Besides searches, good old-fashioned discovery may be used to establish whether assets are being secreted or concealed. A review of bank and/or investment account records may reveal unusual or unexplained disbursements or transfers from these accounts. These transactions should be investigated in greater detail, and which may lead to the disclosure of hidden assets. So too any unusual transfers or payments to third parties, be they relatives or friends, business associates or vendors. Consider subpoenaing banks in proximity to the spouse’s home or business since most people maintain accounts in banks which are convenient.

Tax returns are another excellent source to ascertain the possibility of hidden assets. First of all, one should be convinced that the copy of the tax return being reviewed is legitimate and is the actual one which had been filed with the IRS. If not, one should request a copy of the “as-filed” tax return directly from the IRS. Tax returns include schedules listing any reported interest or dividend income earned on any bank account or investments under the spouse’s name or social security number. The same is true for any capital gains or losses for investments on property bought and sold. They also include schedules of certain deductions claimed, or other types of “business income” reported. Entries on tax returns which do not correspond to known assets or accounts may reflect the existence of hidden assets warranting further investigation.

Had the spouse applied for or obtained any loans or lines of credit, whether personal or business? If so, persons seeking to borrow money have the incentive to present their financial position in the most positive and favorable light and thereby maximize the extent of their assets and income, to increase the likelihood of the loan being approved. Demand copies of any and all financial statements and loan applications in discovery, or obtain them from the financial institution directly by way of subpoena.

If a spouse has his or her own business, the opportunity to conceal assets, if not income, is even greater. Unusual disbursements or diversions of funds from the business, unexplained loans to shareholders, dramatic changes in a company’s retained earnings, accounts receivable or payables, pay checks issued to “questionable” employees, transactions involving business entities of similar names (possibly front companies) or accounts held by same, etc. If these sorts of activities exist or are suspected, given their complexity, it is strongly recommended that the services of a forensic accounting expert be retained to more thoroughly investigate and evaluate same.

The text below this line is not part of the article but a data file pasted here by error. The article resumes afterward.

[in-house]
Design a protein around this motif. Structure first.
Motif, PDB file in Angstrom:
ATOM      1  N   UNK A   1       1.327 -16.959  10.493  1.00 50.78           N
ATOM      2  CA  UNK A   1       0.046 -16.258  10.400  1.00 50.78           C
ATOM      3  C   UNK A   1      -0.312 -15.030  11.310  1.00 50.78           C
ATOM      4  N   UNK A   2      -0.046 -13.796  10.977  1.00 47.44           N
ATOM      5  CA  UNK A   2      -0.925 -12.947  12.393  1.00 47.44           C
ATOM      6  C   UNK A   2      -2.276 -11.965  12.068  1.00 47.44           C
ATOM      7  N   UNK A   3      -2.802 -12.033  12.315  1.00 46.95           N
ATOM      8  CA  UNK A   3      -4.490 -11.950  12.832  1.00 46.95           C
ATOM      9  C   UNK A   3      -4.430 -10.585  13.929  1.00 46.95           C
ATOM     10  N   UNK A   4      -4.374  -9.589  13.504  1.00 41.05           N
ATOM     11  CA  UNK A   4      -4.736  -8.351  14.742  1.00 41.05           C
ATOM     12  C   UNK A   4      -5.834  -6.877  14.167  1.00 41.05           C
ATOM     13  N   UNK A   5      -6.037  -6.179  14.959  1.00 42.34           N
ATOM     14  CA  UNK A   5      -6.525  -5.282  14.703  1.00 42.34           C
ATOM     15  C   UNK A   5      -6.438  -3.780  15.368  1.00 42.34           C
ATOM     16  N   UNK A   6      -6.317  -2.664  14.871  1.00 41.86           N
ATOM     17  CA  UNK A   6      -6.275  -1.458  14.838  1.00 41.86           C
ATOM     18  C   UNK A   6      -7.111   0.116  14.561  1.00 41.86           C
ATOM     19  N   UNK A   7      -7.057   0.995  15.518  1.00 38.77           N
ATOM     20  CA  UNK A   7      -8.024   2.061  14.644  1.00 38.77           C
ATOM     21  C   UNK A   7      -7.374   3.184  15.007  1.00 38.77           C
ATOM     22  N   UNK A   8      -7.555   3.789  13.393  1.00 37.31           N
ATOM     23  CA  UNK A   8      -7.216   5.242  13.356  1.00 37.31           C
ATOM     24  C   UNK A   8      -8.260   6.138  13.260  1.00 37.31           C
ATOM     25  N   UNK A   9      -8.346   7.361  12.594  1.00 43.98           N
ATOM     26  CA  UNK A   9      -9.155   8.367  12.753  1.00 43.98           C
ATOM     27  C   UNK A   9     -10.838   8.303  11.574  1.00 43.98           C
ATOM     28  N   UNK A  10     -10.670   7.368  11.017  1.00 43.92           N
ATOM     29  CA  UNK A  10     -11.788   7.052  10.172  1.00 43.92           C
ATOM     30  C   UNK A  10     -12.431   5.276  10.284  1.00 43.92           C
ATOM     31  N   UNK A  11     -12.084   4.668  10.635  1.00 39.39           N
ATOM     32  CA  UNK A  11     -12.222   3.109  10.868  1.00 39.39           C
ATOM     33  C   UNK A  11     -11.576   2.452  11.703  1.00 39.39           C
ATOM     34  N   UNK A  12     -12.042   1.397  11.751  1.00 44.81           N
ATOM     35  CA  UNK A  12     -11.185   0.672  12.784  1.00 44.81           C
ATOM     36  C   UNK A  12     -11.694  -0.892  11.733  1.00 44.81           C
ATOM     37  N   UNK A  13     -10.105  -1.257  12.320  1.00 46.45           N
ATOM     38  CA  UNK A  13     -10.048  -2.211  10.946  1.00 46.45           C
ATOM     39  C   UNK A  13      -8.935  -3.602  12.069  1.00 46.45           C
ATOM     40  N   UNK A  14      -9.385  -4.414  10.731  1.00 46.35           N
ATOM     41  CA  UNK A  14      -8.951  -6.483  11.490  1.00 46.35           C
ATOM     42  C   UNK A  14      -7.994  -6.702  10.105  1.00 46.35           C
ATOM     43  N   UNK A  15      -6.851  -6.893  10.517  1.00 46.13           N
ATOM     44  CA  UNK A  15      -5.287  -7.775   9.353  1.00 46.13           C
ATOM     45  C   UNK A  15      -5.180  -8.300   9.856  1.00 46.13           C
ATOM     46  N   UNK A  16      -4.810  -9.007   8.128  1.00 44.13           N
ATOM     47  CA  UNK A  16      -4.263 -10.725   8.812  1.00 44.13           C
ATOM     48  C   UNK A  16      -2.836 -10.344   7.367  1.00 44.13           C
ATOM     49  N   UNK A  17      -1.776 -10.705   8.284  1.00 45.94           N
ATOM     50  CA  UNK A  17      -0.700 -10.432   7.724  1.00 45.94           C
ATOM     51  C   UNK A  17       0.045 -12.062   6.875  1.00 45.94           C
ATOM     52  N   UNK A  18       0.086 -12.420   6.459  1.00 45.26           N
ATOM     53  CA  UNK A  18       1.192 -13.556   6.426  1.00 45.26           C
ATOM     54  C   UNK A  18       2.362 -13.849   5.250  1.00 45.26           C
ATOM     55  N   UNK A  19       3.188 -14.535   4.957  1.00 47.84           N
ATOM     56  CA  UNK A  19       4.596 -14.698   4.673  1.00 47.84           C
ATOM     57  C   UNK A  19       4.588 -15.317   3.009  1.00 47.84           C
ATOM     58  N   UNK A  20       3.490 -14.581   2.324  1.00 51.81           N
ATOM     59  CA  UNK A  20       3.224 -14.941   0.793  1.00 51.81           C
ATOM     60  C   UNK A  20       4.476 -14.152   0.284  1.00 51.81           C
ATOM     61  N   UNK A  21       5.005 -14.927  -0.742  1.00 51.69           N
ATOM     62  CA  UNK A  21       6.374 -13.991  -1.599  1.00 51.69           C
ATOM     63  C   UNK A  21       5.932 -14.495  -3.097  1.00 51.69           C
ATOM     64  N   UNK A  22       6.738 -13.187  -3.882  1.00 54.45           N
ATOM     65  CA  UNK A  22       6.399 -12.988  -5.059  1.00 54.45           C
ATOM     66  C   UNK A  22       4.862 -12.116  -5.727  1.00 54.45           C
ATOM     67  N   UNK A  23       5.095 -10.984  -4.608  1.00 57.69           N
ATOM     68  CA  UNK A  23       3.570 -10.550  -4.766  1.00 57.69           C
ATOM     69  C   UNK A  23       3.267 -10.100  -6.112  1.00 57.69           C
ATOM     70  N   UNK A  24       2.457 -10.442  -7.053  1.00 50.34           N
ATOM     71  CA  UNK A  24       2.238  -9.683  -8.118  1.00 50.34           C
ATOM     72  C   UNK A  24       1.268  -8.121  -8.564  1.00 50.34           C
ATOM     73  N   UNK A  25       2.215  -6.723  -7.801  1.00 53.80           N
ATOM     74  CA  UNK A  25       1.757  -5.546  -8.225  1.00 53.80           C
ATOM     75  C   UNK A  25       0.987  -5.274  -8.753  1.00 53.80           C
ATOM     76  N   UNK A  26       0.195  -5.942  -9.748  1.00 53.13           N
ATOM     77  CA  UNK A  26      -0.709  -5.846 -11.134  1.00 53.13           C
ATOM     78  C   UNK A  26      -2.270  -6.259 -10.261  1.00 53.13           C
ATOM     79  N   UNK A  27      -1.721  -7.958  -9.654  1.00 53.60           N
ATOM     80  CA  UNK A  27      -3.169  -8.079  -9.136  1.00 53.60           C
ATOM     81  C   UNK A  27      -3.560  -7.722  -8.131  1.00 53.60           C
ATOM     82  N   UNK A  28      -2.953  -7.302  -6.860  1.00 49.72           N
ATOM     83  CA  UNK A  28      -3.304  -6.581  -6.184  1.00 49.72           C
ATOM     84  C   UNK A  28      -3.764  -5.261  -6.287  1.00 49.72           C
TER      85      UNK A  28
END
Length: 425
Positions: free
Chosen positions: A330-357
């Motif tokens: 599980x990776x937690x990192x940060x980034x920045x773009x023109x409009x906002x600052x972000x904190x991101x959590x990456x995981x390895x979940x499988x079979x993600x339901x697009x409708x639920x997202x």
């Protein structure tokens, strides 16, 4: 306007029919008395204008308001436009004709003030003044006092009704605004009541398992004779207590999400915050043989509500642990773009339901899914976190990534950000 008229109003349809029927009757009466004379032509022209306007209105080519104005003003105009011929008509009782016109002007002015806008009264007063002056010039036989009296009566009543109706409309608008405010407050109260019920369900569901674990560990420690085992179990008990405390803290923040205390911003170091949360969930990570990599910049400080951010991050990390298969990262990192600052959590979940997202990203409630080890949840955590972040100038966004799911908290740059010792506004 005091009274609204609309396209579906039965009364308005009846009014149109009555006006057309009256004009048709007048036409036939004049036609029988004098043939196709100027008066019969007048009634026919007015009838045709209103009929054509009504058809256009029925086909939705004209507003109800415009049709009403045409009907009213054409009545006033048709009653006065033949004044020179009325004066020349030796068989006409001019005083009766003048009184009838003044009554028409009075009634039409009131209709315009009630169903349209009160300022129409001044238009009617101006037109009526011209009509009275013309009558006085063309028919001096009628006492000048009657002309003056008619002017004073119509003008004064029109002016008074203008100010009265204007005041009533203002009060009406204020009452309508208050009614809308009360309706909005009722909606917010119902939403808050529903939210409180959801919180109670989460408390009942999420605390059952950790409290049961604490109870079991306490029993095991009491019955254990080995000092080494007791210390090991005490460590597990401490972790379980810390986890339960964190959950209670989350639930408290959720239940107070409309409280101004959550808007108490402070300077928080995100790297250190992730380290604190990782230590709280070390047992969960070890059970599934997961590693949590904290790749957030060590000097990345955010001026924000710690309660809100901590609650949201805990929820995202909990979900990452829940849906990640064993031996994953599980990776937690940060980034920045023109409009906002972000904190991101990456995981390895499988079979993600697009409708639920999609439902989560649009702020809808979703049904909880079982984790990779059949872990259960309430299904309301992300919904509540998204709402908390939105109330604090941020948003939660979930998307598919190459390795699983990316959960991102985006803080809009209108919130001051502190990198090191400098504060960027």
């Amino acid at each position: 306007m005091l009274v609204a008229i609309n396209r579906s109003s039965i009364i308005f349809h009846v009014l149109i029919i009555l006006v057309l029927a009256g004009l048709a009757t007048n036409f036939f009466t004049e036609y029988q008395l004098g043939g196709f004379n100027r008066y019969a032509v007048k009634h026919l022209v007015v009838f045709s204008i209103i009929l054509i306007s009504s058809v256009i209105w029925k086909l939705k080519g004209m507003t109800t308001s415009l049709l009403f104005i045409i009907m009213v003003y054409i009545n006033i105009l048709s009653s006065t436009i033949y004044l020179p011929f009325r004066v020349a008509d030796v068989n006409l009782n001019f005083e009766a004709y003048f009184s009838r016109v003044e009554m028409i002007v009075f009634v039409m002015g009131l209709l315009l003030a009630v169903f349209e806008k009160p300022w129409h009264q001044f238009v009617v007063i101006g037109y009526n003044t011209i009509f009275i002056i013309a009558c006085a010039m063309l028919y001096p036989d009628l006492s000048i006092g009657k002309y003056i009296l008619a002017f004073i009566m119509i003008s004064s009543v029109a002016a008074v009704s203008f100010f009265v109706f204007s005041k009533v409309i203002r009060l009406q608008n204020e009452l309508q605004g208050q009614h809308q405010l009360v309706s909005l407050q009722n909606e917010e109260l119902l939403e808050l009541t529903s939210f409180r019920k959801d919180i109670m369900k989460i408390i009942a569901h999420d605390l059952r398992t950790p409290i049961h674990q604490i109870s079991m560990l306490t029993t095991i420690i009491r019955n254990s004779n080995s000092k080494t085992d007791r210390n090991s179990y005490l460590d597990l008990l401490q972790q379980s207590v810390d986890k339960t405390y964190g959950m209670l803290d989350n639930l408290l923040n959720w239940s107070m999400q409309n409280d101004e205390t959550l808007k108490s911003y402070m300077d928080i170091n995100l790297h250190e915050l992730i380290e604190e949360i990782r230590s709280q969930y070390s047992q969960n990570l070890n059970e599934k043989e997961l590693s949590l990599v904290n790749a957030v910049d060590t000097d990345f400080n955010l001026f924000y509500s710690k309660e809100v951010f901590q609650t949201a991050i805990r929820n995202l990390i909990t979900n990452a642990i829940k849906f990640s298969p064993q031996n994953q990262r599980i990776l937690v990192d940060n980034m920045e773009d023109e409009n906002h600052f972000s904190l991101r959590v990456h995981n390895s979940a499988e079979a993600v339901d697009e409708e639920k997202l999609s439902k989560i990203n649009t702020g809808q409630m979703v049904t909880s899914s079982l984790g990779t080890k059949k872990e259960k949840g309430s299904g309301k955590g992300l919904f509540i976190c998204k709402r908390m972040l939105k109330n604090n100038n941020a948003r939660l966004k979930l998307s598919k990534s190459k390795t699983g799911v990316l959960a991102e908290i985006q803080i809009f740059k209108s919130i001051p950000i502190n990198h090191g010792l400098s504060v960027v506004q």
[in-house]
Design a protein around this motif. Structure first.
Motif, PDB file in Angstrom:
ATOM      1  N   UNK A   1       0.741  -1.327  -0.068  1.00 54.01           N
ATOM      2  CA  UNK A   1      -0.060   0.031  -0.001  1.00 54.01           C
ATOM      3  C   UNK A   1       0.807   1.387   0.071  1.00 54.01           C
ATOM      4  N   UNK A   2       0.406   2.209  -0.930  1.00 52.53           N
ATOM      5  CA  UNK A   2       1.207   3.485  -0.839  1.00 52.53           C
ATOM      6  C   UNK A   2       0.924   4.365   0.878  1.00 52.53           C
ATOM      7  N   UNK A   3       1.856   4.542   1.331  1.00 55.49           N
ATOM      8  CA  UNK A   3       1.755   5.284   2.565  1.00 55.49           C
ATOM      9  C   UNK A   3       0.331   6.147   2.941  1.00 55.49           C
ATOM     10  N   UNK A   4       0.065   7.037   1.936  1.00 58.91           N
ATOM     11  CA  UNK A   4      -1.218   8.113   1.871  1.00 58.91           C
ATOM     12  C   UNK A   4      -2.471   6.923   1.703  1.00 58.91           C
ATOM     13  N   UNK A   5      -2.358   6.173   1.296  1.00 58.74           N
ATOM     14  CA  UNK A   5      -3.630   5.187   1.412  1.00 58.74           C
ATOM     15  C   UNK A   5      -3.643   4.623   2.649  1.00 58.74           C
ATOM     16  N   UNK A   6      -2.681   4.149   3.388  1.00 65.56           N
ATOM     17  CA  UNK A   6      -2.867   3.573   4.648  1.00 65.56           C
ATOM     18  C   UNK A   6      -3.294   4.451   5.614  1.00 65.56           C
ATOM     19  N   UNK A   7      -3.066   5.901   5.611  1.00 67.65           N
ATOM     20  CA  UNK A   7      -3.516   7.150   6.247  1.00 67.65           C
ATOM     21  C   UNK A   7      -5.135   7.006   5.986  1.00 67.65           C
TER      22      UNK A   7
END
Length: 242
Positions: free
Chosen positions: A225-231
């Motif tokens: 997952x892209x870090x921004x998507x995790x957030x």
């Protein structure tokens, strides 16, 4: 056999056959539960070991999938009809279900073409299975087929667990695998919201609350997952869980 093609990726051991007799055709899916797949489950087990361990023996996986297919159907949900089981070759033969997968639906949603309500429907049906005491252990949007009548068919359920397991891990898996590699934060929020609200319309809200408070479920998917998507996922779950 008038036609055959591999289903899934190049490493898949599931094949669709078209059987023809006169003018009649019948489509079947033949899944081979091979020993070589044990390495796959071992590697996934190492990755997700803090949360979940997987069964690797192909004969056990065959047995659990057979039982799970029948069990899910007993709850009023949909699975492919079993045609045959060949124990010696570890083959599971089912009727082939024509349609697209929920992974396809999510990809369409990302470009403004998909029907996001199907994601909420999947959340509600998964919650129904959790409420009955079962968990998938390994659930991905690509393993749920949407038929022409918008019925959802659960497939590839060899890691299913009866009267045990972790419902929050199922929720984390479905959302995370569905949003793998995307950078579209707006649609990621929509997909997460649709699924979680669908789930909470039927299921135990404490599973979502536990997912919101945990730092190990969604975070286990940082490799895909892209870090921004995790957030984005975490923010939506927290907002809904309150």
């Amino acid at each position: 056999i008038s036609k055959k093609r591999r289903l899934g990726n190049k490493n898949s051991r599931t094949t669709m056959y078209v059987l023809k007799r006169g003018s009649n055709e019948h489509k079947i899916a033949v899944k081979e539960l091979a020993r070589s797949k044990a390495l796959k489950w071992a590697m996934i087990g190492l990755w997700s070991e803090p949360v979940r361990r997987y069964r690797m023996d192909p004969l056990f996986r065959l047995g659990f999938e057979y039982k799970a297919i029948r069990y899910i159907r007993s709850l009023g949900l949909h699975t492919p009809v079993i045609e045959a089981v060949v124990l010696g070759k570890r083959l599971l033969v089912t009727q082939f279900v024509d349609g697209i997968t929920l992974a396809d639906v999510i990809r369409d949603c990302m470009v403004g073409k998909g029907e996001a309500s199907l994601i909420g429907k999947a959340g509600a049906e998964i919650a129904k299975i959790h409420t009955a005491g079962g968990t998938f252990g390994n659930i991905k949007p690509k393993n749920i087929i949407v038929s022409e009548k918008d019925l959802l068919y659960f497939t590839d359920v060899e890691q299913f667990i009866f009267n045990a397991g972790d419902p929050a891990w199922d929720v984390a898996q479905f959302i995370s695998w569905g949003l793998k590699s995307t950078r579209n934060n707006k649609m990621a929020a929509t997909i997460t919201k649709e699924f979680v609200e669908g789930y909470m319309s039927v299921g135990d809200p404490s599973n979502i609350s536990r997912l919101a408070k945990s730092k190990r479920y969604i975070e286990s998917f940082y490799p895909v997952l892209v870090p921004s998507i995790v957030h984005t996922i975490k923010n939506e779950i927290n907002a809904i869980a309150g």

The efforts utilize by some people to divert or hide assets from his or her spouse in hopes of avoiding splitting them in a divorce seem limitless. However, so too are the tools available to try and uncover same. This blog post is intended to highlight these issues. However, it should be noted that often the most difficult decision to make is whether a spouse’s suspicions about the existence of hidden or concealed assets are grounded in some reality, rather than a general mistrust of his or her spouse, so that those efforts don’t become a fruitless and expensive wild goose chase. The decades of experience the attorneys at James P. Yudes, PC have had in handling in such complex divorce cases can help litigants navigate through such weighty issues.